The third and final scene I’d like to highlight is the moment when Jack throws his ball against the wall and begins to be enchanted by the walls surrounding him. It is the last time we see Jack playing before he breakdown because of his novel. Except that time with the baseball bat, I guess.

Finally, it is quite a release to pen down this review, or small essay, or call it what you want, because I admire Stanley Kubrick very much and this film more than I would admit. Thinking about the many qualities and meanings of The Shining was very inspiring but also scary to try to express my admiration and the many aspects that must be regarded. Even if I’m more than sure I will have forgotten a thing or two I think that those 1300 plus words are what this self proclaimed film critic thinks about this Horror masterpiece.


The Real Horror

Even if I posted a list of the Top Horror films of All time just yesterday, I think that the real Horror happened here on the East Coast. Our thoughts and best wishes are for the people in the trouble all along the Coast from Virginia to the North East of North America.

Sometimes real events take the whole attention and deserve it. So no movie blogging here today in respect of the victims. I hope that everyone and their families who came accross this blog is safe and that people who I know are nearer the trajectory of Sandy are all well: Chip Lary, Kevyn Knox, and all the fine folks of the LAMB.


The Ultimate Top 10 Horror Films

Making lists and compiling tops of movies is one of my pleasures. In fact, when I started this film related blog it was one of the things that got me into Website building and Blogging.

When I decided to dedicate the month of October to Horror Films I had one major list I was taking my picks on: TSPDT’s 1000 Greatest Films. But searching a little further made me realise that many films listed on this reference of mine are praised in many tops of serious medias.


The Best Pumpkin Designs Inspired by Movies

 Every year since my girlfriend (now my wife) and I are together we used to carve a pumpkin together and light it on Hallows’ Eve and put it on the porch in front of her parent’s house. With the time we got more ambitious and we made crazy, funny designs. We even did a Jack Skellington face on it once.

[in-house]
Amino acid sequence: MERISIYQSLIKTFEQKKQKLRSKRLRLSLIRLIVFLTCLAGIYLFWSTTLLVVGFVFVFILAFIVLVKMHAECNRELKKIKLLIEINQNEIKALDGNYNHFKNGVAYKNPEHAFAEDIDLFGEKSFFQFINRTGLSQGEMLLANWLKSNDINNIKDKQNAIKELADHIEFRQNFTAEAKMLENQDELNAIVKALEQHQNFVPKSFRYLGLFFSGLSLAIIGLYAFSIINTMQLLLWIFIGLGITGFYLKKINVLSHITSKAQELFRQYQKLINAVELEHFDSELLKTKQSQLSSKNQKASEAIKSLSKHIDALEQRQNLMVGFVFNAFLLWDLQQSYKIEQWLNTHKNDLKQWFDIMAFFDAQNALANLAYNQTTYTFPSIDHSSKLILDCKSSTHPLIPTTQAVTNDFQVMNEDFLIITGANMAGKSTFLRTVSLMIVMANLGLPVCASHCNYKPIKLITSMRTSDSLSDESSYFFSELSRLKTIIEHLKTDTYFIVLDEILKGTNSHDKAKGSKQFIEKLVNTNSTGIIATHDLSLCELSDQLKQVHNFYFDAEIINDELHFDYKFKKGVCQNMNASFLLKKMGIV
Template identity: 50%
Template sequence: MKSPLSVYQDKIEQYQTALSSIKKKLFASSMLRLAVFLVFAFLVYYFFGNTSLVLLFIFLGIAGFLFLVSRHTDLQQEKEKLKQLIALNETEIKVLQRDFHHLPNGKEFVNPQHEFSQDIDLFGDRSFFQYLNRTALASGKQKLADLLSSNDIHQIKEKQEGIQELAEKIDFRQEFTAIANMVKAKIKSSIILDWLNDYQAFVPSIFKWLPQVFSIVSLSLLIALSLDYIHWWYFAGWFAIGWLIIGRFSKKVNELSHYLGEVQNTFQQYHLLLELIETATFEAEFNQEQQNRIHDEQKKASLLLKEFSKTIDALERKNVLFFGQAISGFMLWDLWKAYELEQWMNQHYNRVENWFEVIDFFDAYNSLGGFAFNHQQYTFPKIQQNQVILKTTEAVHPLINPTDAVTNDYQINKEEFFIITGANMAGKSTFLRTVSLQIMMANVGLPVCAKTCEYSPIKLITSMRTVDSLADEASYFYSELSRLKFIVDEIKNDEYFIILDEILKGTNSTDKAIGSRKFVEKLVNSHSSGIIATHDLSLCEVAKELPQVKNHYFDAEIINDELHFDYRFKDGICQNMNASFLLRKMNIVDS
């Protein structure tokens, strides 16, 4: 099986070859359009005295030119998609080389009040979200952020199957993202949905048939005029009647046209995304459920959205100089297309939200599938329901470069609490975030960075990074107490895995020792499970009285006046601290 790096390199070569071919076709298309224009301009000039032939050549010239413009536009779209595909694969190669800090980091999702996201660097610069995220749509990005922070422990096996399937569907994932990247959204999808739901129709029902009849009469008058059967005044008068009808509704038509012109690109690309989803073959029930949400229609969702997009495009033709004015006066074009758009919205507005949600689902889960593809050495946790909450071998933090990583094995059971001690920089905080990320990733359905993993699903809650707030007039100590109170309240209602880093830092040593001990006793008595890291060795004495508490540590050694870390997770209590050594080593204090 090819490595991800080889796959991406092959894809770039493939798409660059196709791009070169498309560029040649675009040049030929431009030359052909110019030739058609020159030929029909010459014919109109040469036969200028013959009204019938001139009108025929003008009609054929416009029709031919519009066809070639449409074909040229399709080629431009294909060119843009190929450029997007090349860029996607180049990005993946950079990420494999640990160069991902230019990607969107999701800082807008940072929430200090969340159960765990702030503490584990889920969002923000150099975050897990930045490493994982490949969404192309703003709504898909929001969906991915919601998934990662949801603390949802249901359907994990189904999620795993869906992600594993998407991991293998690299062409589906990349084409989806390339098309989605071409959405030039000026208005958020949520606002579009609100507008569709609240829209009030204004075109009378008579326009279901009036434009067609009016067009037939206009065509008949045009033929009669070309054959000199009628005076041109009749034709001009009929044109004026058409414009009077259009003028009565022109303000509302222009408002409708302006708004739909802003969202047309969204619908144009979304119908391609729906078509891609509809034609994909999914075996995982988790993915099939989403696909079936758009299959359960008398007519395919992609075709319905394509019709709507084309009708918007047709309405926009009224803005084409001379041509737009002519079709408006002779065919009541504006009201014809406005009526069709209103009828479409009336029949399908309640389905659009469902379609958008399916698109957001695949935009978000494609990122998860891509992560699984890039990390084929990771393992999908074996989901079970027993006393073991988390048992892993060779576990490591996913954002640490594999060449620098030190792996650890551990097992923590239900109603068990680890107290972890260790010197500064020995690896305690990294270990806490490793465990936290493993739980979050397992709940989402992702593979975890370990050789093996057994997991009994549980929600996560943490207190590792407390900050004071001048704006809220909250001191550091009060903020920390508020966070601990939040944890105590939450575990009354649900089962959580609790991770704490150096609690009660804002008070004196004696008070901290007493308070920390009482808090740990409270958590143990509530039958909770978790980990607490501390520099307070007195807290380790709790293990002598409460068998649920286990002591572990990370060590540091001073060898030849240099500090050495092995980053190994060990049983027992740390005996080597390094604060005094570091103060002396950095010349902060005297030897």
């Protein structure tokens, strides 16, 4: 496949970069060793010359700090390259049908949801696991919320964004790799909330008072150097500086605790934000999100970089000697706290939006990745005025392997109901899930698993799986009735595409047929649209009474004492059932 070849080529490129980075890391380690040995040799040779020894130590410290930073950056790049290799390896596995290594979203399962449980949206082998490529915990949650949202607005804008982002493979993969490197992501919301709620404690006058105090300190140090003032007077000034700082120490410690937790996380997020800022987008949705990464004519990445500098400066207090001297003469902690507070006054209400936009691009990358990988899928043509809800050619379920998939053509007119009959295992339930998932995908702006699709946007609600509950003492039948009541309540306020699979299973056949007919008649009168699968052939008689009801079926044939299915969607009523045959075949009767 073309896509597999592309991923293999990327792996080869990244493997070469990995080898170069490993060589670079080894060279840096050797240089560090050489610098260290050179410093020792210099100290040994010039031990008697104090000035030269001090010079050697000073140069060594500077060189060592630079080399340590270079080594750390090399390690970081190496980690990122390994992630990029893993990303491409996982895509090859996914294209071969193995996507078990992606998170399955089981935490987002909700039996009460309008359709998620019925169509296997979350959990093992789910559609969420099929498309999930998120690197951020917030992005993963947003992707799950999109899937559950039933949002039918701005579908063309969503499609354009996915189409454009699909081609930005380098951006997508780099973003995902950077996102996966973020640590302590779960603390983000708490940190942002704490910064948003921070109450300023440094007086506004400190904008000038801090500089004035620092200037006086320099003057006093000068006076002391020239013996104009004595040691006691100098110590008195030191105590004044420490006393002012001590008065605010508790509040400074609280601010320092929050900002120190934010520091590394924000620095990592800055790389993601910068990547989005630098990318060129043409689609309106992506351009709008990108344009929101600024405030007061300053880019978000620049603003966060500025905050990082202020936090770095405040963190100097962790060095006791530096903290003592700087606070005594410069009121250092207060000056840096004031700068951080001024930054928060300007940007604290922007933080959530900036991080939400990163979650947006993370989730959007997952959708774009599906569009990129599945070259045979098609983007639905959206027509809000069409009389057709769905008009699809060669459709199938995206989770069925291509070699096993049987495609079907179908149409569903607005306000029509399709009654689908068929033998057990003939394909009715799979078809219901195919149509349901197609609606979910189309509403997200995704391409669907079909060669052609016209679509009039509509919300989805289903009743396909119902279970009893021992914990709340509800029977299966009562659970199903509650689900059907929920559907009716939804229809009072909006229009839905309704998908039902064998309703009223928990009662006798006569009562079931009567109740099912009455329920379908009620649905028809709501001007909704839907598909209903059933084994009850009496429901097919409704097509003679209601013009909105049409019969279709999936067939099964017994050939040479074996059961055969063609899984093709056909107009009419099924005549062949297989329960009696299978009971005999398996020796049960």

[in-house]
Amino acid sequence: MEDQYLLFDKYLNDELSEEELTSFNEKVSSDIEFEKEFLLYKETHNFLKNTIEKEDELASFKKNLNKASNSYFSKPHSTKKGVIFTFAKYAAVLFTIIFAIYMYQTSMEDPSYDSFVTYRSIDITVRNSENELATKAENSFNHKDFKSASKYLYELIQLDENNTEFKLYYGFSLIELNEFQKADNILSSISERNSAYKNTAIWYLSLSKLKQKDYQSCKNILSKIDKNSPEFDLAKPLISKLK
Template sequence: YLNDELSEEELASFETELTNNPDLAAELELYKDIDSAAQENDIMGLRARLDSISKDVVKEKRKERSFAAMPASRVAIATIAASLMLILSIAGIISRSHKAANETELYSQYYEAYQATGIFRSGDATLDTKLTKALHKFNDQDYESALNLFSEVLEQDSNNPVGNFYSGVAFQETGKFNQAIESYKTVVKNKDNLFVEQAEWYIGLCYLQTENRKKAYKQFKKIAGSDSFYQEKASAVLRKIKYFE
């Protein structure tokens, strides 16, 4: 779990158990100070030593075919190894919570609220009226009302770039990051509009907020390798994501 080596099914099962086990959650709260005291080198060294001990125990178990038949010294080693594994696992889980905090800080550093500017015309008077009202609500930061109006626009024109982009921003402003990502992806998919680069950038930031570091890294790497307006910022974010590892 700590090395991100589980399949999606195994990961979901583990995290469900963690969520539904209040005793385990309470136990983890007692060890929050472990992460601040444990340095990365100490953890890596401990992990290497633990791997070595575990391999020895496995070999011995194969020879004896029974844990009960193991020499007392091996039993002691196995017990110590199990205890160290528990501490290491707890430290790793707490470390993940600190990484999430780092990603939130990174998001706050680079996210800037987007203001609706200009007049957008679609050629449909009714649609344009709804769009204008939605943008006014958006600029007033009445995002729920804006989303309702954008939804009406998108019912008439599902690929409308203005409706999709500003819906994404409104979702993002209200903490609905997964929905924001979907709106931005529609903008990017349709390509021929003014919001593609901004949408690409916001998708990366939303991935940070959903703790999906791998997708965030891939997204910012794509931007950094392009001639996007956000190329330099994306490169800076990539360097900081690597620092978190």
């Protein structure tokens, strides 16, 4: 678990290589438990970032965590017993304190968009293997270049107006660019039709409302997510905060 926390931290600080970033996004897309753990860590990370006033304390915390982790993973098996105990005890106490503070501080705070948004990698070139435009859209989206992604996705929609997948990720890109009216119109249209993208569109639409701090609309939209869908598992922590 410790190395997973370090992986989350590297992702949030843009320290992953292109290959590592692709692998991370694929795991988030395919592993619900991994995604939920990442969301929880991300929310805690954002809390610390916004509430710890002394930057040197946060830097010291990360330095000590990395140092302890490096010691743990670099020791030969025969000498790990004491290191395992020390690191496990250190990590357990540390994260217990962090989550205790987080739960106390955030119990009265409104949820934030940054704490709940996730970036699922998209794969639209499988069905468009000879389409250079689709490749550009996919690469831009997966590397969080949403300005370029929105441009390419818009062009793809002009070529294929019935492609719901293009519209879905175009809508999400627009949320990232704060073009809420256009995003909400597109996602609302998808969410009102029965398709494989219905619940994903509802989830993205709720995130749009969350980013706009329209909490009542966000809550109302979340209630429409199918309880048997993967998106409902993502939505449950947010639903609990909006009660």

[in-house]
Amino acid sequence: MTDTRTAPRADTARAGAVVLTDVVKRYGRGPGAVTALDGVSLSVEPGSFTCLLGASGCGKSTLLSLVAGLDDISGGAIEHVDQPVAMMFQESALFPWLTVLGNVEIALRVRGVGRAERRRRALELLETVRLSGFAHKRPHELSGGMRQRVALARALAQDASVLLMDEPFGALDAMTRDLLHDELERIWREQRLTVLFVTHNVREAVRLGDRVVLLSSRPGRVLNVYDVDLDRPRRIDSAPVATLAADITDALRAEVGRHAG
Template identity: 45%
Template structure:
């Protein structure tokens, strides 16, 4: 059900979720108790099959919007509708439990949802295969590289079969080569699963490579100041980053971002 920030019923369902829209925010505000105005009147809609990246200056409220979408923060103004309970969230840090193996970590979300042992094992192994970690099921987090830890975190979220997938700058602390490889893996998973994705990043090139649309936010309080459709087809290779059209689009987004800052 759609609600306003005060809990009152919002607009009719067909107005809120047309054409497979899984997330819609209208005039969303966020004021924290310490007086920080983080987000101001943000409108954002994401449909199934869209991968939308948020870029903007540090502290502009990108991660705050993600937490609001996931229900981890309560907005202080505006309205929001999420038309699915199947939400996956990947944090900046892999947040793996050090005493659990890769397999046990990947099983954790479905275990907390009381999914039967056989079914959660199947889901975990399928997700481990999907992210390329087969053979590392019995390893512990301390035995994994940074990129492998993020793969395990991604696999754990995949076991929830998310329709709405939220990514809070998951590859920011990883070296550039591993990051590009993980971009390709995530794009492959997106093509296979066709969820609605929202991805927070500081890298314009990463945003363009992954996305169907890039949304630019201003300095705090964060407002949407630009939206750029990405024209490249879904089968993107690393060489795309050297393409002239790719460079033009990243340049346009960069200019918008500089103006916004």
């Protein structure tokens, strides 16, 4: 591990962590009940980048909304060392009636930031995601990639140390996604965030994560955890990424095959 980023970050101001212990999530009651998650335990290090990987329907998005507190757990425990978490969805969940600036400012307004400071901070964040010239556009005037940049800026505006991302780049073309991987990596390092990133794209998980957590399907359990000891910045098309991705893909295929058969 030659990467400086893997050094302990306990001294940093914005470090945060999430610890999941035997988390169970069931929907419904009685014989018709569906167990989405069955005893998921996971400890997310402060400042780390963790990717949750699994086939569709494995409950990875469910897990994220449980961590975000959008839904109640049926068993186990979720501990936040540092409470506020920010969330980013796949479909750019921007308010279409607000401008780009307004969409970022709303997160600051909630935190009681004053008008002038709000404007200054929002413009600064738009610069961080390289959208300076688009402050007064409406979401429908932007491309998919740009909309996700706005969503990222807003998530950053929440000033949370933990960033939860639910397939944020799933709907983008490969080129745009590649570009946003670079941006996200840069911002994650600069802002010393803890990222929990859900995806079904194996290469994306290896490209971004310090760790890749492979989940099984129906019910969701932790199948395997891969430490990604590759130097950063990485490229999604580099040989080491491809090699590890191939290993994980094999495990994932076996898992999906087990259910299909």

But, for the last four years we lived in an apartment and did not made one. This weekend we’ll take that tradition back since we moved into our first house this past summer.

To get dome inspiration I searched on Google and I thought about movie inspired designs here are the most interesting I found.


Invasion of the Body Snatchers (1956)

Invasion of the Body Snatchers (Don Siegel, 1956)

A small-town doctor learns that the population of his community is being replaced by emotionless alien duplicates.

In the 1950’s there were many Sci-Fi films released with low budgets and many others were B-movies. A lot like many Films Noir of the time, this industry left many little gems that are now cherished by cinephiles. Amongst them, Don Siegel’s Invasion of the Body Snatchers is one of the most interesting  Sci-Fi meets Horror movies made.

Miles Bennell (Kevin McCarthy) is the doctor of a fictitious Californian town called Santa Mira and he is called in urgency to come back earlier from a conference. There was an accumulation of cases and work for him at the office. Strange signs of paranoia are showing and many people came to tell him that some members of their families have been acting differently. But the person he wants to save the most is Becky Discoll (Dana Wynter); recently divorced she was Miles’ love interest. When Miles is called by his friend Jack (King Donovan) and discovers the body of a man looking a lot like Jack they suspect that something is going wrong.